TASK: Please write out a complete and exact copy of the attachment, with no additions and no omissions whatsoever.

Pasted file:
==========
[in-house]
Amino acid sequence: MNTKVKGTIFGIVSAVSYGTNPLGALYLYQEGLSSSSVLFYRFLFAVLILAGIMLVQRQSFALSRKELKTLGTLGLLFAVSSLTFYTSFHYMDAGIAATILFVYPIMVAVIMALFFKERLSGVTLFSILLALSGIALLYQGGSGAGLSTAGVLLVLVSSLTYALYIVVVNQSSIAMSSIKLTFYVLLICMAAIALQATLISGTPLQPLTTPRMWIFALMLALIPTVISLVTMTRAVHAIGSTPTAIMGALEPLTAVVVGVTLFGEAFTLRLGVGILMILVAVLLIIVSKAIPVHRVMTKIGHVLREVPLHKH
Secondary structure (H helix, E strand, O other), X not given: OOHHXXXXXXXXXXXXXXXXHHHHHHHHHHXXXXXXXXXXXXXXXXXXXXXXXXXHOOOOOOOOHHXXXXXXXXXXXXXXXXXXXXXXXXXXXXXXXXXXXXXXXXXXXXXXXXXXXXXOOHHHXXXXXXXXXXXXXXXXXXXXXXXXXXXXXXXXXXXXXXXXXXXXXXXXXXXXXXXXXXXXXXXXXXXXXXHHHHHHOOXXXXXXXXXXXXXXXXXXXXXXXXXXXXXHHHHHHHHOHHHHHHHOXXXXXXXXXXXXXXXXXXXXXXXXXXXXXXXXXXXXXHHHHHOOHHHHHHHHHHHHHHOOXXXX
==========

[in-house]
Amino acid sequence: MNTKVKGTIFGIVSAVSYGTNPLGALYLYQEGLSSSSVLFYRFLFAVLILAGIMLVQRQSFALSRKELKTLGTLGLLFAVSSLTFYTSFHYMDAGIAATILFVYPIMVAVIMALFFKERLSGVTLFSILLALSGIALLYQGGSGAGLSTAGVLLVLVSSLTYALYIVVVNQSSIAMSSIKLTFYVLLICMAAIALQATLISGTPLQPLTTPRMWIFALMLALIPTVISLVTMTRAVHAIGSTPTAIMGALEPLTAVVVGVTLFGEAFTLRLGVGILMILVAVLLIIVSKAIPVHRVMTKIGHVLREVPLHKH
Secondary structure (H helix, E strand, O other), X not given: OOHHXXXXXXXXXXXXXXXXHHHHHHHHHHXXXXXXXXXXXXXXXXXXXXXXXXXHOOOOOOOOHHXXXXXXXXXXXXXXXXXXXXXXXXXXXXXXXXXXXXXXXXXXXXXXXXXXXXXOOHHHXXXXXXXXXXXXXXXXXXXXXXXXXXXXXXXXXXXXXXXXXXXXXXXXXXXXXXXXXXXXXXXXXXXXXXHHHHHHOOXXXXXXXXXXXXXXXXXXXXXXXXXXXXXHHHHHHHHOHHHHHHHOXXXXXXXXXXXXXXXXXXXXXXXXXXXXXXXXXXXXXHHHHHOOHHHHHHHHHHHHHHOOXXXX